Biology (BIOL)

BIOL 1000. Biology at Northeastern. 1 Hour.

Introduces first-year students to the major and the field of biology and to the professional and academic resources available to students at Northeastern University; acquaints students with their faculty, advisors, and fellow students; provides an initial orientation to undergraduate research, cooperative education, and other experiential learning options; helps develop the academic skills necessary to succeed; provides grounding in the culture and values of the university community; and assists in interpersonal skill development—in short, familiarizes students with the resources and skills needed to become a successful university student. Prereq. Biology majors only.

BIOL 1107. Foundations of Biology. 4 Hours.

Introduces evolutionary principles, cellular structure and function, genetic transmission, energy pathways, and physiology. Covers current topics in biology and evaluates and discusses current scientific literature. Explores the interdisciplinary nature of biology. Offers students an opportunity to prepare for the topical inquiries in biology courses. Prereq. Freshman standing; restricted to selected majors and combined majors in the College of Science. Coreq BIOL 1108.

BIOL 1108. Lab for BIOL 1107. 1 Hour.

Accompanies BIOL1107. Includes various lab experiments that emphasize evolutionary principles, cellular structure and function, genetic transmission, energy pathways, and physiology. Coreq. BIOL 1107.

BIOL 1111. General Biology 1. 4 Hours.

Explores basic principles of biology with a focus on those features shared by all living organisms and seen through the lens of evolutionary theory. Through lectures, readings and discussion, offers students an opportunity to understand how the scientific method has been and is used to address biological questions. Central topics include recent advances in cell anatomy and physiology, including the interplay between organelles, membrane transport, and cell-signaling; energy transfer through cells and through the biosphere; cellular reproduction and cancer; heredity and human genetic disorders; and protein synthesis and biotechnology. Explores the societal implications of such topics as biopharmaceuticals, ocean acidification, climate change, human diseases, epigenetics, cancer, and cloning.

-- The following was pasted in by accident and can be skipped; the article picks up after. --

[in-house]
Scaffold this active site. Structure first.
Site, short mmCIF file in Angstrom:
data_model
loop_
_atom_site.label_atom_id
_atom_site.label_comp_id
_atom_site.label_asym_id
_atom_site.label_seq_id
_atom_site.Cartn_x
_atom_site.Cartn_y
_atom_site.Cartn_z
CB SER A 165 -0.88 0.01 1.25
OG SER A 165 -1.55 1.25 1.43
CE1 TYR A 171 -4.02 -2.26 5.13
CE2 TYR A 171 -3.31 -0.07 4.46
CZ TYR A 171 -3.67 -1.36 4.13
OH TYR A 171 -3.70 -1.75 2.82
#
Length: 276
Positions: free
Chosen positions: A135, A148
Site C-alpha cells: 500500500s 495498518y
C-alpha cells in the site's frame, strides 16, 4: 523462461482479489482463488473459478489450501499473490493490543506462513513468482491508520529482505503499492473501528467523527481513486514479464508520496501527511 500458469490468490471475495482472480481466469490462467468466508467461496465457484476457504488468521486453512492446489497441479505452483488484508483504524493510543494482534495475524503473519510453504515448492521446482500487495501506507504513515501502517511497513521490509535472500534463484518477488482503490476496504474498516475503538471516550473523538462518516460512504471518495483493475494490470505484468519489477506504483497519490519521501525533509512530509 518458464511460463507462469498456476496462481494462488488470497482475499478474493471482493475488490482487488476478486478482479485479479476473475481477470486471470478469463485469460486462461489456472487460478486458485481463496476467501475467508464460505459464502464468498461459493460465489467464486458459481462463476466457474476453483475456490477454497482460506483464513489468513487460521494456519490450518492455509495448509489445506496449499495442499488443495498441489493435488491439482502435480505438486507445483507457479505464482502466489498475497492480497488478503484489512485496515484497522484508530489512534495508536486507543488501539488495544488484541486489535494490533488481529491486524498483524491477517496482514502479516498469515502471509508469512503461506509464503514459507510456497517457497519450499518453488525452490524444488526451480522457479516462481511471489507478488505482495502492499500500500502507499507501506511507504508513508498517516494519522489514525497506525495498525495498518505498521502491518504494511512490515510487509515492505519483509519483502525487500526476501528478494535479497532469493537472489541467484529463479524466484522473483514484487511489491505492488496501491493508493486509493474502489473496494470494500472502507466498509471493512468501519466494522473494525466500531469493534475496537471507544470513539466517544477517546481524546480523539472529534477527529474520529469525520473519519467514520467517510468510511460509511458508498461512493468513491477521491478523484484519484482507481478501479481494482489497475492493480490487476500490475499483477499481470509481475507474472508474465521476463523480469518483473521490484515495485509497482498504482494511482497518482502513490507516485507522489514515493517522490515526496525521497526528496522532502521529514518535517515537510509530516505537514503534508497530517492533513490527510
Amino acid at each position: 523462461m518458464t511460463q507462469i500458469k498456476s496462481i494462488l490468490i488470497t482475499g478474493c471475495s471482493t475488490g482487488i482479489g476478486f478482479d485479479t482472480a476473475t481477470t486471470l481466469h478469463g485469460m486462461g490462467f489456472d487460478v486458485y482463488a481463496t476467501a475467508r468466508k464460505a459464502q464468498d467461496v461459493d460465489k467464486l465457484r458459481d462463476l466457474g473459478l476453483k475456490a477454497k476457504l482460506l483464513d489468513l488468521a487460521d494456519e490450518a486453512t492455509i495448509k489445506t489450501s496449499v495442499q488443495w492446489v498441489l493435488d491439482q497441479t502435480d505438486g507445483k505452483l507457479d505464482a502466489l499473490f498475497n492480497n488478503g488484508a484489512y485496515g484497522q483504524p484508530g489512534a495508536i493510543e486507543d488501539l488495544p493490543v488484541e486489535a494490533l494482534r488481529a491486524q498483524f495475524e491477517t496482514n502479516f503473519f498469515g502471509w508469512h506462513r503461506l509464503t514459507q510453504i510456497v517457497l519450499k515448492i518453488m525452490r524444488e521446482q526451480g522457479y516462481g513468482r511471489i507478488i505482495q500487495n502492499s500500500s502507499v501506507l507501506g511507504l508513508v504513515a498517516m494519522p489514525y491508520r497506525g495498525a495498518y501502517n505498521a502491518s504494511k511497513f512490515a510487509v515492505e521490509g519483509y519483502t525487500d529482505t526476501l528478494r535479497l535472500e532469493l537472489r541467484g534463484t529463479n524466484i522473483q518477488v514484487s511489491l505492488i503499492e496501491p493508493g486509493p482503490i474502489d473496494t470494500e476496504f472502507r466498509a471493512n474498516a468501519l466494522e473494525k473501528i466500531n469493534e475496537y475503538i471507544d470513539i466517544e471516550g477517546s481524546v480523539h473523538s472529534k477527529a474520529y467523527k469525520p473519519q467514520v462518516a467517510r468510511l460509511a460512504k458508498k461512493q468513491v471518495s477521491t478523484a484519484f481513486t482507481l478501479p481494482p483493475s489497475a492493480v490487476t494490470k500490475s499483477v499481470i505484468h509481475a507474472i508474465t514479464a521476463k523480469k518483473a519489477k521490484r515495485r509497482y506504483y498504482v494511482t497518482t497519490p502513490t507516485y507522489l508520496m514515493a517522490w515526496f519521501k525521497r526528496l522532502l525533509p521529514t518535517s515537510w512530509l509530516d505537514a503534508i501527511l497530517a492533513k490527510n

BIOL 1112. Lab for BIOL 1111. 1 Hour.

Accompanies BIOL 1111. Offers students an opportunity to collect quantitative data through hands-on experimentation as well as simulations. Data is analyzed statistically and presented in written form. Prereq. BIOL 1111 (may be taken concurrently).

BIOL 1113. General Biology 2. 4 Hours.

Continues BIOL 1111. Examines the evolution of structural and functional diversity of organisms; the integrative biology of multicellular organisms; and ecological relationships at the population, community, and ecosystem levels. Prereq. BIOL 1101, BIOL 1107, BIOL 1111, or BIOL 1115.

BIOL 1114. Lab for BIOL 1113. 1 Hour.

Accompanies BIOL 1113. Covers topics from the course through various experiments. Prereq. BIOL 1113 (may be taken concurrently).

BIOL 1115. General Biology 1 for Engineers. 4 Hours.

Introduces basic molecular and cellular biology principles and concepts. Offers students an opportunity to begin to apply chemical and engineering principles to further an understanding of selected physiological processes and biological systems. Topics include protein structure and function, cellular organization, energetics, information management, molecular transport, signaling, and motility. Prereq. Engineering students only.

BIOL 1116. Lab for BIOL 1115. 1 Hour.

Accompanies BIOL 1115. Covers topics from the course through various experiments. Prereq. BIOL 1115 (may be taken concurrently); engineering students only.

BIOL 1117. Integrated Anatomy and Physiology 1. 4 Hours.

Introduces students to integrated human anatomy and physiology. Focuses on structure and function of cells and tissues. Presents the anatomy and physiology of skin, bones, muscles, blood, and the nervous system. Coreq. BIOL 1118.

BIOL 1118. Lab for BIOL 1117. 1 Hour.

Accompanies BIOL 1117. Covers topics from the course through various experiments. Coreq. BIOL 1117.

BIOL 1119. Integrated Anatomy and Physiology 2. 4 Hours.

Continues BIOL 1117. Presents the structure and function of the human endocrine, reproductive, cardiovascular, respiratory, urinary, and digestive systems as well as the regulation of metabolism and body temperature. Prereq. BIOL 1117. Coreq. BIOL 1120.

BIOL 1120. Lab for BIOL 1119. 1 Hour.

Accompanies BIOL 1119. Covers topics from the course through various experiments. Coreq. BIOL 1119.

BIOL 1121. Basic Microbiology. 4 Hours.

Focuses on how to identify, control, and live with bacteria and viruses. Emphasizes the mechanisms of disease production, natural host defense systems, and medical interventions. Coreq. BIOL 1122.

BIOL 1122. Lab for BIOL 1121. 1 Hour.

Accompanies BIOL 1121. Covers topics from the course through various experiments. Coreq. BIOL 1121.

BIOL 1141. Microbes and Society. 4 Hours.

Introduces the unseen world of microorganisms. Students analyze how the growth and behavior of this diverse group of organisms affect many aspects of human society including agriculture and food preparation; drug development and manufacture; liquid and solid waste management; genetic engineering; geochemical cycles; and health and disease.